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veteranAs Veterans Day draws near, it comes with the realization that the stories of those who served in the military and efforts of war are treasures, particularly those of the second world war.

The dwindling number of World War II storytellers is incentive for the National WWII Museum in New Orleans. Their website proclaims, “The urgency guides the Museum in everything we do,” as they encourage visitors to donate an artifact or collect the oral or written history of a veteran. “We are dedicated to telling the entire story of the American experience during World War II…so that all generations will understand the price of freedom and be inspired by what they learn,” the site continues.

What an invaluable mission. For those of us who know or come into contact with a veteran, what a priceless opportunity to tap into living history. We dare not waste it, for there is something powerful and almost mythical about speaking personally with someone who was there.

Many of us have seen the film “Saving Private Ryan.” While perhaps too gruesome for some, films like this go a long way toward helping current generations understand the enormity of the D-Day conflict on the beaches of Normandy almost 75 years ago. They go even further to make us wonder why on earth someone would willingly enter such a conflict.

Yet, to hear it from someone who lived it, to watch their eyes cloud with tears and memories others can only (or barely) imagine, is to begin to understand, if even just a little.

In the city of Naperville, each day provides an opportunity to be reminded and respectful of the sacrifices made by veterans of war, thanks to the many monuments, freedom shrines and commemorative messages along the Riverwalk and in parks throughout the city.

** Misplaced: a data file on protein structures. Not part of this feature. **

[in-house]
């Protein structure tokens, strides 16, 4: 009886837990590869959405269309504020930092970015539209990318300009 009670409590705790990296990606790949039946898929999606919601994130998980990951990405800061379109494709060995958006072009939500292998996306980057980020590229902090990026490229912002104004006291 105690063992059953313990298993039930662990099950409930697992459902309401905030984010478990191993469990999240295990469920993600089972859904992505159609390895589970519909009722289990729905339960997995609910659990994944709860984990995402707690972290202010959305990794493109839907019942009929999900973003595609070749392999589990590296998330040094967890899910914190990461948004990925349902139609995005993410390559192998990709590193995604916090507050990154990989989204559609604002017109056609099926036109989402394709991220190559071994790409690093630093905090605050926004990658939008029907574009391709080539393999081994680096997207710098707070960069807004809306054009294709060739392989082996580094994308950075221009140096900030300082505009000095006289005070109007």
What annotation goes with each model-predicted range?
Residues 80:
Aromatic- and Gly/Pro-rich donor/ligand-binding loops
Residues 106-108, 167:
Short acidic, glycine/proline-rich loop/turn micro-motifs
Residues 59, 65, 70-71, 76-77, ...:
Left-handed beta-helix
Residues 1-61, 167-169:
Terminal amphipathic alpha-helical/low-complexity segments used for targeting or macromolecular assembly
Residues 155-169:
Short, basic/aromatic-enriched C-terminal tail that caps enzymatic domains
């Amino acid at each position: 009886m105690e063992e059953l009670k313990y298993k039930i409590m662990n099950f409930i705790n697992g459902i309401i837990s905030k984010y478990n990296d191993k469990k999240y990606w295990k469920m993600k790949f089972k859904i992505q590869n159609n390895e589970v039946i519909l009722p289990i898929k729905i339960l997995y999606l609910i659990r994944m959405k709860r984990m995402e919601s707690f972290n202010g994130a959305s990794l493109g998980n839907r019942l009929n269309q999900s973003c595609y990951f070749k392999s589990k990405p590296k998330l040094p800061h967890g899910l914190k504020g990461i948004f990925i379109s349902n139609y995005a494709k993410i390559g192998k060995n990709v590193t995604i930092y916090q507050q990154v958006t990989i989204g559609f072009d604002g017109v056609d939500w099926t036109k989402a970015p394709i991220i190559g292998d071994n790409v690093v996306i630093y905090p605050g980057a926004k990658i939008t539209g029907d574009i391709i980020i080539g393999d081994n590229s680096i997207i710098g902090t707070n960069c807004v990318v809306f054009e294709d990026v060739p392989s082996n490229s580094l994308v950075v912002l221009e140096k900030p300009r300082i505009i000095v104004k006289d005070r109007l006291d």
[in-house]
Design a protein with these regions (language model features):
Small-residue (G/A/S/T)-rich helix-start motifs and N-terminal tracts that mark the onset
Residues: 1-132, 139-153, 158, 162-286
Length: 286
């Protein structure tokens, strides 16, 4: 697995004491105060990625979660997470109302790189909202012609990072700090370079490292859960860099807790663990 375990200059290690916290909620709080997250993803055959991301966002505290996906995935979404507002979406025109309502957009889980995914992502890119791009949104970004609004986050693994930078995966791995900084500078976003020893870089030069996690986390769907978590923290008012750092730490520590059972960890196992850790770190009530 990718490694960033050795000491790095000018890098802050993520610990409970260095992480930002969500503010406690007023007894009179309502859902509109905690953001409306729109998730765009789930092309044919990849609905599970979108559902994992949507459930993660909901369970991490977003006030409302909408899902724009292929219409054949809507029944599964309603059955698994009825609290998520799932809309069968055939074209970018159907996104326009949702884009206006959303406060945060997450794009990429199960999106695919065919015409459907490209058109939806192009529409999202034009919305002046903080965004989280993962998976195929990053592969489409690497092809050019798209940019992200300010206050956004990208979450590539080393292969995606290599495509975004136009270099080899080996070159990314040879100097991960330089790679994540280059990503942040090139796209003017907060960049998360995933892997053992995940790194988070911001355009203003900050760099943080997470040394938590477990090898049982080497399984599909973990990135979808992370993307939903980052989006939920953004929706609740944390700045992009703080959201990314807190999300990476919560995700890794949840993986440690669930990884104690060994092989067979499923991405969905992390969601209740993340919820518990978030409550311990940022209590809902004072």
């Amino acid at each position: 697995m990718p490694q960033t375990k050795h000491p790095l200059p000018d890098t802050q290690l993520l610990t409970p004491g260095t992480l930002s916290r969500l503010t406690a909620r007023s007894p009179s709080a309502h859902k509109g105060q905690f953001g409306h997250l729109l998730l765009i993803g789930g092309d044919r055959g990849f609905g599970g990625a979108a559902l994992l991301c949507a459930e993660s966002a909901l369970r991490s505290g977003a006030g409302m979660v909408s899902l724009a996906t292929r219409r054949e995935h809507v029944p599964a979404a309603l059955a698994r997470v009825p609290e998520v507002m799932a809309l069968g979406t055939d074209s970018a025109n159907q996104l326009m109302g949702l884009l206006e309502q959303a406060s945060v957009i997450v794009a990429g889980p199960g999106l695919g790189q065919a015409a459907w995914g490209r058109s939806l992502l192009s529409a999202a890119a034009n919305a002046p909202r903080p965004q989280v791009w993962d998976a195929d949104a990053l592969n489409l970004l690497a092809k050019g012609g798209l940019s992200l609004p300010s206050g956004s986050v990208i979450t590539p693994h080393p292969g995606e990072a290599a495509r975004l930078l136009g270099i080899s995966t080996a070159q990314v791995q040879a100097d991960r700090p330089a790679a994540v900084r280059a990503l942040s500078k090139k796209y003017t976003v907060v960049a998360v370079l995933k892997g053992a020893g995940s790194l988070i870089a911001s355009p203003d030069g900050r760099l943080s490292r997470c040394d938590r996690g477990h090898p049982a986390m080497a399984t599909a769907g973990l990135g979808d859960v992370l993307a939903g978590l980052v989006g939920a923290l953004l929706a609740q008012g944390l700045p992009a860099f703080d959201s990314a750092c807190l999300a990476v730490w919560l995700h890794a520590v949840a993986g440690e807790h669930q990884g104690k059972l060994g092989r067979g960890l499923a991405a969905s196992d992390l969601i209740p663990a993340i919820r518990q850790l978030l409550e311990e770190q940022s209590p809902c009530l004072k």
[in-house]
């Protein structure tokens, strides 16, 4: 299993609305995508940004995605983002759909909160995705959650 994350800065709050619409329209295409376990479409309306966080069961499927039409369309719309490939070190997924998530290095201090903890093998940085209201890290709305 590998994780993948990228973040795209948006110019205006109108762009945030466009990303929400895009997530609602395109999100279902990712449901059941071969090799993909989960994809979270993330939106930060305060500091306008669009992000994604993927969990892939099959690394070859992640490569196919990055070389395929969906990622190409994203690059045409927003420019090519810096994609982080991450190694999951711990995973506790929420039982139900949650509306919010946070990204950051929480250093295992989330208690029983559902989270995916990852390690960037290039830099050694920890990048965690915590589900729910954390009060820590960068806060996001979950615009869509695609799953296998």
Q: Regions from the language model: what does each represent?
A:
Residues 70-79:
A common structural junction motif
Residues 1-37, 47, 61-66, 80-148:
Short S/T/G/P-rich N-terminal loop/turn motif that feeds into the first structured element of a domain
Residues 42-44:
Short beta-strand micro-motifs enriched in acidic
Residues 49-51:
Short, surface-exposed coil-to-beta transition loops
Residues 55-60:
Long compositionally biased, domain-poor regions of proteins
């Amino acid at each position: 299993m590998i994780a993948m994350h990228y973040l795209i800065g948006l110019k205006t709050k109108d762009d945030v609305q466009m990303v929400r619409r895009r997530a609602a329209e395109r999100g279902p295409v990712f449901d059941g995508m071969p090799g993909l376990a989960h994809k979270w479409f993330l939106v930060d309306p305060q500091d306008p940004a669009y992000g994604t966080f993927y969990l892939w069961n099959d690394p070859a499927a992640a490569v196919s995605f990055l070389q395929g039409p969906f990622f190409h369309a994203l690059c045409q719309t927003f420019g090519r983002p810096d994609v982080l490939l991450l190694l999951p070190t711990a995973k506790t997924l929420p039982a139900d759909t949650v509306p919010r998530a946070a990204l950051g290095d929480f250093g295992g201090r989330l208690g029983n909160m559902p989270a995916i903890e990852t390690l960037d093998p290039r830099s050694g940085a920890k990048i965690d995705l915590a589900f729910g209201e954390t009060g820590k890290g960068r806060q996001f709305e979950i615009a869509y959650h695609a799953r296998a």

Burlington Square, Central, Freedom, and Veterans Parks in Naperville are all places where people can honor military servants all year long and where many veterans gather on Veterans Day. Several local schools invite veterans to share their stories with young students as well.

On Veterans Day itself, November 11, North Central College’s Wentz Hall will host its annual free concert at 3:00 p.m., featuring patriotic music. Afterward, the Naperville VFW will host dinner and a social, at which local WWII veterans will share their stories. In the nearby city of Aurora, an annual Veterans Day parade begins at 10:15 a.m.

At Monarch Landing, our annual “Time of Remembrance” program on Veterans Day honors the senior living community’s resident veterans. This year, a professional singer delivered a rousing tribute to veterans at the community, and a woman whose Japanese-American family was in a California internment camp during WWII spoke to residents about their experiences.

Year round, an honor roll proudly displays the names of the many veterans at Monarch Landing and The Springs, including those who participated in WWII, Korea and Vietnam. That they are living among us is an extraordinary blessing. Hearing their stories, their life legacies, is an even greater one.

This Veterans Day, if you’re lucky enough to be with a veteran or participant of a war effort, particularly the second world war, talk to them. Thank them. Relish the rarity of the gift.